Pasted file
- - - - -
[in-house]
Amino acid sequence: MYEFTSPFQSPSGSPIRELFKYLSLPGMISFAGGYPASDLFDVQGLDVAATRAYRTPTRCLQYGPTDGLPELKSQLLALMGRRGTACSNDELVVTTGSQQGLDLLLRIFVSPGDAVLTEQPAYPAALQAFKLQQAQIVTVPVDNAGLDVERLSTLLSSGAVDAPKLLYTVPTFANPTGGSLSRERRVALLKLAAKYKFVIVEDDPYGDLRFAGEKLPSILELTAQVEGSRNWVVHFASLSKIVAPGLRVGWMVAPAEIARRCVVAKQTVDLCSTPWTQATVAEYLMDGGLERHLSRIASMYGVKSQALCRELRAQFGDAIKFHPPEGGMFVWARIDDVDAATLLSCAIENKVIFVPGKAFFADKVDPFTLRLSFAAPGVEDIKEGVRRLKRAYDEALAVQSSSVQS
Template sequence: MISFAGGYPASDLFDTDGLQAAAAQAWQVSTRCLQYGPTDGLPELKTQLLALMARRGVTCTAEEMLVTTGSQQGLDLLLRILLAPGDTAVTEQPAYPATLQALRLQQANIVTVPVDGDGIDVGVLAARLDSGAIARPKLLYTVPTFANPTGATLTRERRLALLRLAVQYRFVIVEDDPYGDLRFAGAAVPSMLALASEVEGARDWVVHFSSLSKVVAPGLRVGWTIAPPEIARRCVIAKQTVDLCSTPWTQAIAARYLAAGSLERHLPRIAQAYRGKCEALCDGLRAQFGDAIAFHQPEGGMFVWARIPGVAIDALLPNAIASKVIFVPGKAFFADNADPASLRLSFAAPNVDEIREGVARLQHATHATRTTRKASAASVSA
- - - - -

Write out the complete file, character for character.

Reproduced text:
[in-house]
Amino acid sequence: MYEFTSPFQSPSGSPIRELFKYLSLPGMISFAGGYPASDLFDVQGLDVAATRAYRTPTRCLQYGPTDGLPELKSQLLALMGRRGTACSNDELVVTTGSQQGLDLLLRIFVSPGDAVLTEQPAYPAALQAFKLQQAQIVTVPVDNAGLDVERLSTLLSSGAVDAPKLLYTVPTFANPTGGSLSRERRVALLKLAAKYKFVIVEDDPYGDLRFAGEKLPSILELTAQVEGSRNWVVHFASLSKIVAPGLRVGWMVAPAEIARRCVVAKQTVDLCSTPWTQATVAEYLMDGGLERHLSRIASMYGVKSQALCRELRAQFGDAIKFHPPEGGMFVWARIDDVDAATLLSCAIENKVIFVPGKAFFADKVDPFTLRLSFAAPGVEDIKEGVRRLKRAYDEALAVQSSSVQS
Template sequence: MISFAGGYPASDLFDTDGLQAAAAQAWQVSTRCLQYGPTDGLPELKTQLLALMARRGVTCTAEEMLVTTGSQQGLDLLLRILLAPGDTAVTEQPAYPATLQALRLQQANIVTVPVDGDGIDVGVLAARLDSGAIARPKLLYTVPTFANPTGATLTRERRLALLRLAVQYRFVIVEDDPYGDLRFAGAAVPSMLALASEVEGARDWVVHFSSLSKVVAPGLRVGWTIAPPEIARRCVIAKQTVDLCSTPWTQAIAARYLAAGSLERHLPRIAQAYRGKCEALCDGLRAQFGDAIAFHQPEGGMFVWARIPGVAIDALLPNAIASKVIFVPGKAFFADNADPASLRLSFAAPNVDEIREGVARLQHATHATRTTRKASAASVSA